Mag chloride expert short on answers
April 3, 2002
Everyone exercised constraint in Aspen City Council chambers yesterday, when one of the foremost experts in the state on magnesium chloride addressed the public.
Just about every seat in the room was filled, and it was clear that a number of those present had a litany of questions they wanted to ask Dr. William Lewis, a professor of environmental sciences at the University of Colorado.
The problem was he couldn’t answer their questions.
Lewis, a limnologist by training, has conducted three studies on magnesium chloride for the Colorado Department of Transportation, although only one was on the actual effects of magnesium chloride on the environment.
Lewis was in town at the invitation of the Pitkin County Public Works Department to answer at least some of the questions that have been bubbling up during the last several magnesium chloride seasons.
Magnesium chloride is a salt cousin of sodium chloride, the rock salt that’s used to flavor meat on dinner tables throughout America and melt ice in the Northeast. It has been CDOT’s favorite way of melting icy roads since the mid-1990s, with six million to eight million gallons of the stuff being sprayed on mountain highways – including Highway 82 – each year.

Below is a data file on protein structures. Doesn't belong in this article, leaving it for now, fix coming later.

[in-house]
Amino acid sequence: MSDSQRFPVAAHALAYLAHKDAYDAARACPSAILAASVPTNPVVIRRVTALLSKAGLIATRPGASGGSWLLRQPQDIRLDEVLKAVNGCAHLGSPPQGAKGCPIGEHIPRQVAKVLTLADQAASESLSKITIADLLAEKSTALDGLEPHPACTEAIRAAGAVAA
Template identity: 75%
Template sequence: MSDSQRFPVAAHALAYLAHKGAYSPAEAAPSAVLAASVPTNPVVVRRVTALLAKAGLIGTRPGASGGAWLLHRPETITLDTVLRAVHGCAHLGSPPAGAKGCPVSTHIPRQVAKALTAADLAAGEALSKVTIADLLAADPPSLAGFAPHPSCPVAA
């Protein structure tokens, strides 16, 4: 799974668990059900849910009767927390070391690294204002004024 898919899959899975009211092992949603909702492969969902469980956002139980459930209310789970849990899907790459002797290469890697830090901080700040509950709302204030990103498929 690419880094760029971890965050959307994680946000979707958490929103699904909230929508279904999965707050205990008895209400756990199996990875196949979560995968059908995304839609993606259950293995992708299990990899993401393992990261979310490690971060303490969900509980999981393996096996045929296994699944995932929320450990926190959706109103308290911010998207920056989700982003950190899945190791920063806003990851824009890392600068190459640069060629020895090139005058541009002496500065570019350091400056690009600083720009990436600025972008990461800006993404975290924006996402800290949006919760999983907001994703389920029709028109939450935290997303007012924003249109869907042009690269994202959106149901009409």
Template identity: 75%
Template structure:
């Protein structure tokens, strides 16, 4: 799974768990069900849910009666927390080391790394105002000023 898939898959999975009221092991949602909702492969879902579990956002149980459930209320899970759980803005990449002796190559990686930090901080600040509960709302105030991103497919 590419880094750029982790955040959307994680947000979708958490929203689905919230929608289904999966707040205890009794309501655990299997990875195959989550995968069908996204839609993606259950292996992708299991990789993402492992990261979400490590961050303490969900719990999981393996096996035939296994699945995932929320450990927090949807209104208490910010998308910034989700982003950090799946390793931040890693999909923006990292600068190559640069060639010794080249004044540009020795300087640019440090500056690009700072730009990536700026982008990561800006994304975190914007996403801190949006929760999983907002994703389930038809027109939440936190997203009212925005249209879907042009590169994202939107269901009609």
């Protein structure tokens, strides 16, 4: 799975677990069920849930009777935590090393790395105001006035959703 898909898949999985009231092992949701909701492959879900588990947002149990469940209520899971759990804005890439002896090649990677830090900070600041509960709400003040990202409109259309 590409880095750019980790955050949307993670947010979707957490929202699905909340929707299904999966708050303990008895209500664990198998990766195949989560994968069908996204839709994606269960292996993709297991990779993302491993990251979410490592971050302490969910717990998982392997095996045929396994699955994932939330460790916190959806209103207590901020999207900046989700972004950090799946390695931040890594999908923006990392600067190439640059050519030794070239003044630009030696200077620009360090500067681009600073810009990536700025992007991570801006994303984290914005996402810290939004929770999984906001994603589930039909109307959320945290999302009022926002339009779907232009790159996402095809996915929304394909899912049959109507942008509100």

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Lewis’ work for CDOT has included a survey of scientific literature on magnesium chloride, a study of its effects on aquatic life and a comparative study of alternatives to the de-icer.
Most of what Lewis discussed yesterday involved his study on mag chloride’s effects on aquatic life. The study, conducted between 1996 and 1998 along the I-70 corridor, concluded that four aquatic species were unaffected by the mag chloride that made its way from the road to the stream, primarily because of dilution.
He reiterated those findings yesterday, even though many of them came from a stream that is located much further from I-70 than the Roaring Fork River is from Highway 82.
Several local residents who have reservations about magnesium chloride were in the room, but were limited to questions that had to do with Lewis’ academic specialization of limnology, the study of bodies of freshwater. By the end of the meeting, it was clear that the room’s anti-mag chloride bias, and the questions that resulted, were wearing down the professor’s patience.
Lewis’ own biases came out early in the discussion when he refused to admit that magnesium chloride has killed pine trees along I-70 that have been declared dead by numerous wildlife and environmental experts. Lewis said only the exposed portions of the tree die, which makes them “look dead.”